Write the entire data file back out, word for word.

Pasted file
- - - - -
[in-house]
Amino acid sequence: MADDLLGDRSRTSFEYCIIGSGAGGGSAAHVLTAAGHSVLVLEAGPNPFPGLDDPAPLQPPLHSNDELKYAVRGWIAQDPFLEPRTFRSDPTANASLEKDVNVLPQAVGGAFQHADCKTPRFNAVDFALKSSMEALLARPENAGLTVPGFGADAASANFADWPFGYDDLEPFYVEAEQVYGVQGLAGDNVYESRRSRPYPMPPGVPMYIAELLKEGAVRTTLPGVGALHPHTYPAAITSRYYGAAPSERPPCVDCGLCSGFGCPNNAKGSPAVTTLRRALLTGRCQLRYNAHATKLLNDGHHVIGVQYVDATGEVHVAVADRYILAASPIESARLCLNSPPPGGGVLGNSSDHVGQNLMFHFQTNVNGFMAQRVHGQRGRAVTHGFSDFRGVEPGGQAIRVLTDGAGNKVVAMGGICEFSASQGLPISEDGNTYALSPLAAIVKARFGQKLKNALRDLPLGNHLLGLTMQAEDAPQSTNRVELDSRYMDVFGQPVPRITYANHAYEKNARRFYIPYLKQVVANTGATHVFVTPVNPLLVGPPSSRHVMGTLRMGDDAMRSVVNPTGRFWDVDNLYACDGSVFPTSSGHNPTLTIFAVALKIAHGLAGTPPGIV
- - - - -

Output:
[in-house]
Amino acid sequence: MADDLLGDRSRTSFEYCIIGSGAGGGSAAHVLTAAGHSVLVLEAGPNPFPGLDDPAPLQPPLHSNDELKYAVRGWIAQDPFLEPRTFRSDPTANASLEKDVNVLPQAVGGAFQHADCKTPRFNAVDFALKSSMEALLARPENAGLTVPGFGADAASANFADWPFGYDDLEPFYVEAEQVYGVQGLAGDNVYESRRSRPYPMPPGVPMYIAELLKEGAVRTTLPGVGALHPHTYPAAITSRYYGAAPSERPPCVDCGLCSGFGCPNNAKGSPAVTTLRRALLTGRCQLRYNAHATKLLNDGHHVIGVQYVDATGEVHVAVADRYILAASPIESARLCLNSPPPGGGVLGNSSDHVGQNLMFHFQTNVNGFMAQRVHGQRGRAVTHGFSDFRGVEPGGQAIRVLTDGAGNKVVAMGGICEFSASQGLPISEDGNTYALSPLAAIVKARFGQKLKNALRDLPLGNHLLGLTMQAEDAPQSTNRVELDSRYMDVFGQPVPRITYANHAYEKNARRFYIPYLKQVVANTGATHVFVTPVNPLLVGPPSSRHVMGTLRMGDDAMRSVVNPTGRFWDVDNLYACDGSVFPTSSGHNPTLTIFAVALKIAHGLAGTPPGIV